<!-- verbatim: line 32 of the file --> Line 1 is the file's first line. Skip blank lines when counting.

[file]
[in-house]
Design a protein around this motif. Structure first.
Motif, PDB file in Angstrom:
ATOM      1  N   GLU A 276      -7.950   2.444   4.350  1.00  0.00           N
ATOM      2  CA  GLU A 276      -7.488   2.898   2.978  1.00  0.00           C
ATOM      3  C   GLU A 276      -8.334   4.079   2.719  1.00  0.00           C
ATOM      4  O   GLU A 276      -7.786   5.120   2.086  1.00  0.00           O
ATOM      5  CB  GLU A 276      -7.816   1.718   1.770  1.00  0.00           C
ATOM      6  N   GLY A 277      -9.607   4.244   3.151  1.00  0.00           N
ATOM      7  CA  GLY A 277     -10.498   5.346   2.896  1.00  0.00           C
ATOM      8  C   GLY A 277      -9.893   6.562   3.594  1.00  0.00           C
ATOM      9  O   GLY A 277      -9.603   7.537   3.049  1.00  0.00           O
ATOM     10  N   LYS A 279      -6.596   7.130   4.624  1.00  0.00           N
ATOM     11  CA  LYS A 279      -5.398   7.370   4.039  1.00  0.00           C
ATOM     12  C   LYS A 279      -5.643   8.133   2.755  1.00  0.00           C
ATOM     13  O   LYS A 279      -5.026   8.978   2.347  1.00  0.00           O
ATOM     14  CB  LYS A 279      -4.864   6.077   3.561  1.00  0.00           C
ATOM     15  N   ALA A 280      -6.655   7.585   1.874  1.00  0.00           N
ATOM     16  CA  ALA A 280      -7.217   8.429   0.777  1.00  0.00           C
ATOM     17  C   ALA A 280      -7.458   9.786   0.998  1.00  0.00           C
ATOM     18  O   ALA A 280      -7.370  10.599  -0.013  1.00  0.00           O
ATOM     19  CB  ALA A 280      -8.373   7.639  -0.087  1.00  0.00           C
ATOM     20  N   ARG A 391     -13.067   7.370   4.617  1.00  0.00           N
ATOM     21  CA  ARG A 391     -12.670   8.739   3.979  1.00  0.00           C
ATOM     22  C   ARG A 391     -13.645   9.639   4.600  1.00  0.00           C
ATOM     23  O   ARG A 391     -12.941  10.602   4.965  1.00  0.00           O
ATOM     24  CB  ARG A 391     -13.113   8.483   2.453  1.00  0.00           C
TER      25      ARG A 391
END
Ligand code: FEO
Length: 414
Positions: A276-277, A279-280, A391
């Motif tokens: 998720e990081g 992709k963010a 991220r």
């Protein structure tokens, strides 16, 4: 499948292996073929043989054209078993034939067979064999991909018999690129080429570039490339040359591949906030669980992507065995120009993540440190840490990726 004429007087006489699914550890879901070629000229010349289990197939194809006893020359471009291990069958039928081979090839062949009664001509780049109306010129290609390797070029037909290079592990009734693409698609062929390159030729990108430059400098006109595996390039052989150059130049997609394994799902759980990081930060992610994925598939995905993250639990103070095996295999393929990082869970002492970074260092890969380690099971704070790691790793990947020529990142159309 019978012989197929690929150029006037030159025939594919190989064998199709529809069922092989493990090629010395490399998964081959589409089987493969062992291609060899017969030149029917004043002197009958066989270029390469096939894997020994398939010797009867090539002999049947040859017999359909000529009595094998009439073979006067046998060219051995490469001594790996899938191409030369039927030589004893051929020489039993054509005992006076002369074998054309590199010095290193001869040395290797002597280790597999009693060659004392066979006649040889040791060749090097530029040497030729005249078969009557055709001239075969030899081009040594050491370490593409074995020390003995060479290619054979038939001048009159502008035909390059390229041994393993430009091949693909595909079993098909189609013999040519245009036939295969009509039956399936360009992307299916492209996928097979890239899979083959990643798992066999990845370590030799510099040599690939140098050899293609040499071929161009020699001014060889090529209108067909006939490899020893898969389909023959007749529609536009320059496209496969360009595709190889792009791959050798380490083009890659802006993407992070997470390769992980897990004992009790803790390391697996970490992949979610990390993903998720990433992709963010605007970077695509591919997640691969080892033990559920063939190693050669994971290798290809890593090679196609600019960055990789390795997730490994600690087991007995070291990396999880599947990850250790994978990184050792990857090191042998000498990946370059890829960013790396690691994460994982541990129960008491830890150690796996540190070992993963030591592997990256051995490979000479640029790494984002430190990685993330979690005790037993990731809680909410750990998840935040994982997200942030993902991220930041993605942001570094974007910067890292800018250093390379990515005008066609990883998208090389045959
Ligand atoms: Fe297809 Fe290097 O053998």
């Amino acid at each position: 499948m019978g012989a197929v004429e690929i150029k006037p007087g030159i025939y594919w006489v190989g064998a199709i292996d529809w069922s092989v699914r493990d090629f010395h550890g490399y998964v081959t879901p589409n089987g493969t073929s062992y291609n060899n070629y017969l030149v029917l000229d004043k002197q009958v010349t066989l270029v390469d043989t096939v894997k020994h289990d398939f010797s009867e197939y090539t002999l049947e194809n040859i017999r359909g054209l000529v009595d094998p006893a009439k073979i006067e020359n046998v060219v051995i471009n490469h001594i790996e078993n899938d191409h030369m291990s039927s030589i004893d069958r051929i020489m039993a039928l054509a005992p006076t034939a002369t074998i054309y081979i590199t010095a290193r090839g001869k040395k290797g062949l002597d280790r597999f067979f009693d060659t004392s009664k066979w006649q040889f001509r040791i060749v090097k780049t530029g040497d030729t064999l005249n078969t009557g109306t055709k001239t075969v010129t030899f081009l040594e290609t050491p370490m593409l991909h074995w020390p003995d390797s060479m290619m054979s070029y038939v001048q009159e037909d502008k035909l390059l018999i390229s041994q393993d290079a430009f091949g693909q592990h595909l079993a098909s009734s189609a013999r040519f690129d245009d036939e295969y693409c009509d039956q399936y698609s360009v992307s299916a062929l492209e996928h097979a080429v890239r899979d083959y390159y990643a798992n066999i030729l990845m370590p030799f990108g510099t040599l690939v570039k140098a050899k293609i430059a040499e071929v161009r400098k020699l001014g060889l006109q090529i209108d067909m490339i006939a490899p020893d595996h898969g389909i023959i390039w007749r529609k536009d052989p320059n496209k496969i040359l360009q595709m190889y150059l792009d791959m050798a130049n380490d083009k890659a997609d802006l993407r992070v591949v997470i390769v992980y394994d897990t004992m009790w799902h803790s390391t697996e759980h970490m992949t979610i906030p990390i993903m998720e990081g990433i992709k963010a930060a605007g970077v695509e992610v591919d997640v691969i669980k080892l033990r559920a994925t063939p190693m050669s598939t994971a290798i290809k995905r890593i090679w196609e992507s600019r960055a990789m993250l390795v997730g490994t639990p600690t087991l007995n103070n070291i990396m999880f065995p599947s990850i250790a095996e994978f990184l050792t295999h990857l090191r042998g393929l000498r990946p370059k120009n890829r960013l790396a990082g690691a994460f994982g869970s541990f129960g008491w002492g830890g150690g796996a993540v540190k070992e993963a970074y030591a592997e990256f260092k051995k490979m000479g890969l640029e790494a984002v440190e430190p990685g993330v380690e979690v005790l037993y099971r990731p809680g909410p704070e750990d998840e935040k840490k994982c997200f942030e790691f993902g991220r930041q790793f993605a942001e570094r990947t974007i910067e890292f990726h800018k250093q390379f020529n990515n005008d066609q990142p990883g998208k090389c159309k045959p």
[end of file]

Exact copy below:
Positions: A276-277, A279-280, A391